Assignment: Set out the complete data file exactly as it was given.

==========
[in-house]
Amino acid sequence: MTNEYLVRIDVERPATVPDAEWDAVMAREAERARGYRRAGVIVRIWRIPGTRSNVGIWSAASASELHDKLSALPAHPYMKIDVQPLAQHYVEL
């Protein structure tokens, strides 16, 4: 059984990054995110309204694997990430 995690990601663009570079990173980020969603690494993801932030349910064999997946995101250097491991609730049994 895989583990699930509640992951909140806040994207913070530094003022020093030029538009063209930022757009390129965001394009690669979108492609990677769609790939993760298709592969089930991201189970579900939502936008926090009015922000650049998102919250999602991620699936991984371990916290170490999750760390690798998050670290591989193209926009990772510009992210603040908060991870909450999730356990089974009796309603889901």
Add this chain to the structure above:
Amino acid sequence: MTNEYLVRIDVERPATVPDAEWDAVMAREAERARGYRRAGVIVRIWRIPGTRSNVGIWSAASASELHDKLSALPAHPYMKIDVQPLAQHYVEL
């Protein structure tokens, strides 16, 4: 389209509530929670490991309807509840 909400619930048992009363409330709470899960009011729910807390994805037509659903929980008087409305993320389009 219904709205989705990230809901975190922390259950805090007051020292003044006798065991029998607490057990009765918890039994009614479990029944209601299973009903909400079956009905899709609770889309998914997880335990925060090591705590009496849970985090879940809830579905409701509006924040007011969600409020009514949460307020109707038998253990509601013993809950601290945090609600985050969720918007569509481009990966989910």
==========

[in-house]
Amino acid sequence: MTNEYLVRIDVERPATVPDAEWDAVMAREAERARGYRRAGVIVRIWRIPGTRSNVGIWSAASASELHDKLSALPAHPYMKIDVQPLAQHYVEL
């Protein structure tokens, strides 16, 4: 059984990054995110309204694997990430 995690990601663009570079990173980020969603690494993801932030349910064999997946995101250097491991609730049994 895989583990699930509640992951909140806040994207913070530094003022020093030029538009063209930022757009390129965001394009690669979108492609990677769609790939993760298709592969089930991201189970579900939502936008926090009015922000650049998102919250999602991620699936991984371990916290170490999750760390690798998050670290591989193209926009990772510009992210603040908060991870909450999730356990089974009796309603889901």
Add this chain to the structure above:
Amino acid sequence: MTNEYLVRIDVERPATVPDAEWDAVMAREAERARGYRRAGVIVRIWRIPGTRSNVGIWSAASASELHDKLSALPAHPYMKIDVQPLAQHYVEL
């Protein structure tokens, strides 16, 4: 389209509530929670490991309807509840 909400619930048992009363409330709470899960009011729910807390994805037509659903929980008087409305993320389009 219904709205989705990230809901975190922390259950805090007051020292003044006798065991029998607490057990009765918890039994009614479990029944209601299973009903909400079956009905899709609770889309998914997880335990925060090591705590009496849970985090879940809830579905409701509006924040007011969600409020009514949460307020109707038998253990509601013993809950601290945090609600985050969720918007569509481009990966989910």